General Vladimir Moltenskoi, the acting commander of the federal forces in Chechnya, has reportedly admitted that Russian troops committed “large-scale crimes” while carrying out “zachistki”–cleansing or mopping-up operations–in the villages of Sernovodsk and Assinovskaya, along Chechnya’s border with Ingushetia. Moltenskoi was quoted as condemning those who conducted the operations in the two villages, saying they did so “in a clumsy, lawless fashion, destroying everything and then pretending they knew nothing about it.” Moltenskoi was also quoted as saying that similar crimes had been committed during operations elsewhere in Chechnya. Following the initial reports quoting Moltenskoi, however, the press center for the federal military task force in Chechnya denied that he made such comments (Russian agencies, AFP, NTV.ru, July 11). The operations in Sernovodsk and Assinovskaya were carried out in response to two terrorist bombings that killed a total of eleven Russian servicemen. Hundreds of local male residents of the two towns were reportedly detained during the sweeps, which were followed by widespread complaints by local residents that the federal troops engaged in beatings, torture, extortion and looting. The behavior of the Russian troops during the operations in the two towns has already been sharply criticized by Akhmad Kadyrov, head of the pro-Moscow administration in Chechnya, among others (see the Monitor, July 9).
Moltenskoi’s comments were not well received in some circles. Unnamed sources in the Interior Ministry were quoted yesterday as warning officials against public statements about what had had taken place in the two villages before the official investigation into the events there was completed. The Interior Ministry sources said that comments by certain politicians and public figures about the illegality of the federal troops’ actions during the Sernovodsk and Assinovskaya sweeps were especially “irresponsible” (NTV.ru, July 11).
Human rights activists, it should be noted, have already said much of what Moltenskoi is reported to have echoed. On July 10, Oleg Orlov, chairman of the board of Memorial, said that while the abuses in Assinovskaya and Sernovodsk were on a large scale–according to Memorial, seven people detained in Sernovodsk and twelve detained in Assinovskaya are still missing–he and his fellow human rights activists were getting similar reports almost daily from other parts of Chechnya. Orlov said that similar “cleansing” operations were carried out in the Kurchaloe and Chernoreche districts last month, while Diederik Lohman, director of Human Rights Watch office in Moscow, said there were unconfirmed reports that at least eight civilians were killed in the village of Alkhan-Kala recently during a special military operation there (see the Monitor, July 5, 9). Aslambek Aslakhanov, who represents Chechnya in the State Duma, said earlier this week that five people were found murdered after federal troops entered the village of Kurchaloe. Orlov said that fifty-three civilians were killed in Chechnya in June and sixty in May, and that more than 1,000 civilians had perished since the military operation in Chechnya began in September 1999 (AFP, July 11; Russian agencies, July 10). For his part, Sergei Yastrzhembsky, an aide to President Vladimir Putin, said yesterday that federal forces may have committed offenses during the sweeps of Sernovodsk and Assinovskaya and that such large-scale “cleansing” operations would be replaced by pinpointed special operations against rebel forces and their commanders (Kommersant, July 12; Radio Ekho Moskvy, July 11).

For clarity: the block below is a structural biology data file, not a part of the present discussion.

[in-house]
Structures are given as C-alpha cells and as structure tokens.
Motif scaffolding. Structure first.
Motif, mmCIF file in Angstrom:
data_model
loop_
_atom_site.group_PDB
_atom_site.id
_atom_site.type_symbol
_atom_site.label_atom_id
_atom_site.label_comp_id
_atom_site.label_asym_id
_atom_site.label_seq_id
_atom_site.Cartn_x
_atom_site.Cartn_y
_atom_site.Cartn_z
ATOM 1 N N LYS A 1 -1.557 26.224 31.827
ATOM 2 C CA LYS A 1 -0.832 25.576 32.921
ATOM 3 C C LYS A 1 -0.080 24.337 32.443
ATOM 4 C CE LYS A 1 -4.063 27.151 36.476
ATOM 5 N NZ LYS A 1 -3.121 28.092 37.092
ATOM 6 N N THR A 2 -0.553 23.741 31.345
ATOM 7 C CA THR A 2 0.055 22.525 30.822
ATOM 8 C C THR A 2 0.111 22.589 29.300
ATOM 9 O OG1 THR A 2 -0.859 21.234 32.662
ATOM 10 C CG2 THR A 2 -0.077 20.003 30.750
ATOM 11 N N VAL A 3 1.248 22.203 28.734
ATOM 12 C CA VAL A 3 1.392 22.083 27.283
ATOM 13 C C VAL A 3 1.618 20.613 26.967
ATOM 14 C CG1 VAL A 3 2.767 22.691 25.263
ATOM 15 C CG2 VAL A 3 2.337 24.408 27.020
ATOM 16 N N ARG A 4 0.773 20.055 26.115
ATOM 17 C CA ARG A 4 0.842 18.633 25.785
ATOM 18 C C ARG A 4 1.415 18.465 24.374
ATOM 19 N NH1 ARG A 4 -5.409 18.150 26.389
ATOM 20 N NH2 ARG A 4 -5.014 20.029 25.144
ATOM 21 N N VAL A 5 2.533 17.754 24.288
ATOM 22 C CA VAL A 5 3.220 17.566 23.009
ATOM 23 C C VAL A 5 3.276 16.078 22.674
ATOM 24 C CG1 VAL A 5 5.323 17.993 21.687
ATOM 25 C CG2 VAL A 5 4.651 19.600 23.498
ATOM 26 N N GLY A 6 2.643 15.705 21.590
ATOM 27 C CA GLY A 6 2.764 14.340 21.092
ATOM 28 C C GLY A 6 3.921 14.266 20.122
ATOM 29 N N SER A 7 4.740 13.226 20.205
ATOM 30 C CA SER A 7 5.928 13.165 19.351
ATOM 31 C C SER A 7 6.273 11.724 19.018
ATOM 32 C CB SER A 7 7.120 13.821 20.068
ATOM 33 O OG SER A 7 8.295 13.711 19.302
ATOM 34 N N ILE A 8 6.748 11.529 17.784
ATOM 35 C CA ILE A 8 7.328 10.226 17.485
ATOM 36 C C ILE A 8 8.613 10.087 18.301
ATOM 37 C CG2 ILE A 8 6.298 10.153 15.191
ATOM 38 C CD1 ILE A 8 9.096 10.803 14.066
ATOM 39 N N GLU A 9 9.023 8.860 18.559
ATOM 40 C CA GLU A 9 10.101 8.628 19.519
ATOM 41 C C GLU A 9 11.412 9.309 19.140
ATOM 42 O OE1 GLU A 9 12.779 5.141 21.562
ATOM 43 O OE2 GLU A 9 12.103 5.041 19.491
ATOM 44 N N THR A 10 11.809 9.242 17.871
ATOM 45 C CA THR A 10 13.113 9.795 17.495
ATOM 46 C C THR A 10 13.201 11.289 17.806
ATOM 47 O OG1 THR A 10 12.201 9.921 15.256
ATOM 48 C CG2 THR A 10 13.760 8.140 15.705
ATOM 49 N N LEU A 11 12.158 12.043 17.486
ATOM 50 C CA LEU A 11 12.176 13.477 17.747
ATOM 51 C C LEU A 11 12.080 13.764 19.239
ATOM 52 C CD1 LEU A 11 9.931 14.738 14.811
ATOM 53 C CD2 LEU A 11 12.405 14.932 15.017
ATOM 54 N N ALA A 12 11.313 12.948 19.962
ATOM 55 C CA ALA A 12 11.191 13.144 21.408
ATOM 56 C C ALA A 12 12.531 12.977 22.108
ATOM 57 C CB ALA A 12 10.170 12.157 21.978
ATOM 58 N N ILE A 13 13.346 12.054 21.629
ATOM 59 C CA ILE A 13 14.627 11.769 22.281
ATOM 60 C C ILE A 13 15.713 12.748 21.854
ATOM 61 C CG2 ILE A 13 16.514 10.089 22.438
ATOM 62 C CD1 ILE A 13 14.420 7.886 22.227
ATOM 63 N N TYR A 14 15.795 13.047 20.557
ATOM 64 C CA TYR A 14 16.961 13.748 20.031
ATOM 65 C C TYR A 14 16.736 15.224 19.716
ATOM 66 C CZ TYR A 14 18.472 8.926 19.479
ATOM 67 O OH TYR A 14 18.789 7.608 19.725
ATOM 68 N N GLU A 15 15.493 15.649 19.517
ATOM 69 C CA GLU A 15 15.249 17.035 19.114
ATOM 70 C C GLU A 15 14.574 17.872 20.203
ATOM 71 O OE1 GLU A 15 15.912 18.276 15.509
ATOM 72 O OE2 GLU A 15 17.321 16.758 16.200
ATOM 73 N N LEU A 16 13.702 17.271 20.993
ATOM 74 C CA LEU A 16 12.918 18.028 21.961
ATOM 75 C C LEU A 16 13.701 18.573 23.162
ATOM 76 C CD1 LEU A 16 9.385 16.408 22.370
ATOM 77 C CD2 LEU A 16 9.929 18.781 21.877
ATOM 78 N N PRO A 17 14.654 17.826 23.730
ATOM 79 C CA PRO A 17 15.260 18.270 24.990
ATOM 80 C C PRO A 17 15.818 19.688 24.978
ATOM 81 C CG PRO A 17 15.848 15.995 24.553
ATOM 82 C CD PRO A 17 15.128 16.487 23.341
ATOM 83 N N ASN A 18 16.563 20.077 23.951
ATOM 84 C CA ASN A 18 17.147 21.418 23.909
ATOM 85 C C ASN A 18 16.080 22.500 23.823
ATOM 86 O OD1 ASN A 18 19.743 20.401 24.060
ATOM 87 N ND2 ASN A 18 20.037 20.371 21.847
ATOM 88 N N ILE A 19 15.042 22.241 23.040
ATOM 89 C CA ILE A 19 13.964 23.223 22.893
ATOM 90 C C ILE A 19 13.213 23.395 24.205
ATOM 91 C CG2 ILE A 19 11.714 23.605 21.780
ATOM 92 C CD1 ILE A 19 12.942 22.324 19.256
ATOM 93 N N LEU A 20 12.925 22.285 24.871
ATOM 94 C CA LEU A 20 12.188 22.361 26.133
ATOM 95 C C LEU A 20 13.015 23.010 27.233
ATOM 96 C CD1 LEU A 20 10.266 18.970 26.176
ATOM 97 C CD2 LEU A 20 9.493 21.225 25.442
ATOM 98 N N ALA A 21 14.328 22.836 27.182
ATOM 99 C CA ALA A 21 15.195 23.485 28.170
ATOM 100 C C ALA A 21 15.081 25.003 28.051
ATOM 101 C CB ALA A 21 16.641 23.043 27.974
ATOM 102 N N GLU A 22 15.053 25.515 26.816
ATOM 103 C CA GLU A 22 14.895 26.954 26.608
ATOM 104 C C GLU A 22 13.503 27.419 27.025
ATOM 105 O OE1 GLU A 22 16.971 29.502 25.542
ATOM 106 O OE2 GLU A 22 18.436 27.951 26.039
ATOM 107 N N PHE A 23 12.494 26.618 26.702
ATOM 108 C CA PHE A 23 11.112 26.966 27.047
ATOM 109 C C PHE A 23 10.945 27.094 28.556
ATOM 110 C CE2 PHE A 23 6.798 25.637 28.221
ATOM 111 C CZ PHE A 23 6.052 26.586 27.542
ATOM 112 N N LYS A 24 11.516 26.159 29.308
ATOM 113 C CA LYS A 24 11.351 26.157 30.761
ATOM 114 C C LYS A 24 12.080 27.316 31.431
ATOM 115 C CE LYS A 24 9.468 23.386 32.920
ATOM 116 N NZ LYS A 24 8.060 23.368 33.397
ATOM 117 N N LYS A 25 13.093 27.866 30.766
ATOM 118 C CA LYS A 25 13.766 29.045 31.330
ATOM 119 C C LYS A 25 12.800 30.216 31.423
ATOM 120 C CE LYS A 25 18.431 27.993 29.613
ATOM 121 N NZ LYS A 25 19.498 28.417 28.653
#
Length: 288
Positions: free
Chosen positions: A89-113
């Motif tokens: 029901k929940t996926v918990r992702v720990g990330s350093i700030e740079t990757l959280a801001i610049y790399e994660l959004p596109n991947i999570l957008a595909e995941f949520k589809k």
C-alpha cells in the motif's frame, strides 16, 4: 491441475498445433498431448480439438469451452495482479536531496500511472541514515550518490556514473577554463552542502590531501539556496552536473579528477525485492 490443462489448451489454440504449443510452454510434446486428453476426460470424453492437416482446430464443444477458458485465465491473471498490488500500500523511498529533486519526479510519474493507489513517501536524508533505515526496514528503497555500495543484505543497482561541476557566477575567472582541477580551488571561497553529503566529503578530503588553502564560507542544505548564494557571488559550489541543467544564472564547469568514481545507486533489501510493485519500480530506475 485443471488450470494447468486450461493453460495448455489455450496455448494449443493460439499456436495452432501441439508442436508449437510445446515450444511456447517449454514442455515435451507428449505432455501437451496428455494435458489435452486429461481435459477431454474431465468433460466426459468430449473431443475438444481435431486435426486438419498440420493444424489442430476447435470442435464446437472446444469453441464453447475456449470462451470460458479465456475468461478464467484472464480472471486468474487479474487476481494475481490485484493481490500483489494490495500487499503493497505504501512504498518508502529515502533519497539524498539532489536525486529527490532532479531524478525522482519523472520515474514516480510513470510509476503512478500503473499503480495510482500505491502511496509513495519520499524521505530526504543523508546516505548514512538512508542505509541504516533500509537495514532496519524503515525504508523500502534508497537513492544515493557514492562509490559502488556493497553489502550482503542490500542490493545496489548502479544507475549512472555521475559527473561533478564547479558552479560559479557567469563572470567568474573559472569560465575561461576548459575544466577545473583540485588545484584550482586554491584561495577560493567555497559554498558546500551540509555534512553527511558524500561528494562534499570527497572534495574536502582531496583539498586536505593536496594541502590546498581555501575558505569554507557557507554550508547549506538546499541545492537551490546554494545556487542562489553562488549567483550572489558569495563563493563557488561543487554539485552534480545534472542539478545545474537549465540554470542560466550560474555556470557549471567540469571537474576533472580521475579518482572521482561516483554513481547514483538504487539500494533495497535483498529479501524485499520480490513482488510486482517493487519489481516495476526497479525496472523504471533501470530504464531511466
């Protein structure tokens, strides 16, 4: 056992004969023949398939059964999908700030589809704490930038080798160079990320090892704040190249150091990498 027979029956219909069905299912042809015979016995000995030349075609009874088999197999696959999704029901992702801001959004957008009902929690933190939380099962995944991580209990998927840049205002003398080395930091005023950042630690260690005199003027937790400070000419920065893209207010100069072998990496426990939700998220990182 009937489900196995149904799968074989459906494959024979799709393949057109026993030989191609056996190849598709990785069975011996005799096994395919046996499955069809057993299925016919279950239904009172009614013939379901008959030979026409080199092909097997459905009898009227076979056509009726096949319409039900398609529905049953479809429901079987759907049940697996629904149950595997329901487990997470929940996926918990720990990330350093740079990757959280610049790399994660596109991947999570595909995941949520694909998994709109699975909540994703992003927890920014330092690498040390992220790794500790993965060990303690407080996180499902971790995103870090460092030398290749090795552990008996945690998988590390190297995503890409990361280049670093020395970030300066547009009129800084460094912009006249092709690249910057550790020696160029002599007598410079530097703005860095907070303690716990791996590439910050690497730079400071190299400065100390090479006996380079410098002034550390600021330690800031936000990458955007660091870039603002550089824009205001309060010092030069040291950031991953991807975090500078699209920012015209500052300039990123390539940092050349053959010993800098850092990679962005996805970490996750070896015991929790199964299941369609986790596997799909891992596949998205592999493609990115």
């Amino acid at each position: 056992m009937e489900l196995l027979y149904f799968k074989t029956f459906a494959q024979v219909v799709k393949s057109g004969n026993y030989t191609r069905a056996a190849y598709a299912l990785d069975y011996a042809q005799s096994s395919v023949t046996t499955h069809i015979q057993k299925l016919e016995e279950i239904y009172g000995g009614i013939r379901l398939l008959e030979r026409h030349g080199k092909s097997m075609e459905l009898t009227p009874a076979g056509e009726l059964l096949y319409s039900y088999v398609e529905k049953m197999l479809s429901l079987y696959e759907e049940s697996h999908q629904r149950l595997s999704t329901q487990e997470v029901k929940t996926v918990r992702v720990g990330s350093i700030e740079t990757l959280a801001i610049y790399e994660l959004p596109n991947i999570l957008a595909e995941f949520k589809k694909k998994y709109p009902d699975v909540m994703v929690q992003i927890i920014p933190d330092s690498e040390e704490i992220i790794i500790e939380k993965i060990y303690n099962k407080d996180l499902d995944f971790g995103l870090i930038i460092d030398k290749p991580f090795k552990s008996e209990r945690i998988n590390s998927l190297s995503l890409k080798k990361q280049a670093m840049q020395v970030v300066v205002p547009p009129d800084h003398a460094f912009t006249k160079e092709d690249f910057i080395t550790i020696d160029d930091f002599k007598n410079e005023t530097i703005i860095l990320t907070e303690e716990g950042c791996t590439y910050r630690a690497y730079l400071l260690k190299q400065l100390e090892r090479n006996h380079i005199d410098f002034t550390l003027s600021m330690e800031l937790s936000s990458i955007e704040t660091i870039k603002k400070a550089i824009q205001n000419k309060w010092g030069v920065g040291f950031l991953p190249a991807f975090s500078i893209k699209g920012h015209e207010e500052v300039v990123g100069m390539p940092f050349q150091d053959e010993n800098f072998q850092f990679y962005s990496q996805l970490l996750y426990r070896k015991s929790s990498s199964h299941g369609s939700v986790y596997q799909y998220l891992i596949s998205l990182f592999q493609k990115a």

Meanwhile, unnamed military officers were quoted as saying that the operations in Sernovodsk and Assinovskaya were typical security operations in which federal troops check local residents’ passports to see if any of them are linked to the rebels while searching for weapons and explosives. “Sometimes they are carried out more harshly, sometimes more gently–it depends upon the operational information concerning the presence of [rebel] fighters in the [given area],” the officers were quoted as saying. They also warned: “We cannot expose our fighters to additional danger. This hysteria could lead to a situation in which unit commanders will simply stop working, fearing an inappropriate response from the locals.” One critic of those who have criticized the Sernovodsk and Assinovskaya operations agreed to speak on the record: General Anatoly Shkirko, former commander of the Interior Ministry’s internal troops, called the controversy around the operations “a link in the same chain” that includes recent antiwar protests in Chechen towns and villages and hunger strikes in camps housing Chechen refugees in Ingushetia. “All of this, directly or indirectly, is coming from [the Chechen rebels],” he said. “And all of it could in the end lead to a new Khasavyurt, which Russia simply would not survive” (Izvestia.ru, July 11). Shkirko was referring to the 1996 cease-fire agreement between Moscow and Chechen rebel leaders brokered by then Security Council chief Aleksandr Lebed, which many Russian generals have denounced as an act of treason.
POLICY IMPLICATIONS OF AN OIL SUPPLY AGREEMENT.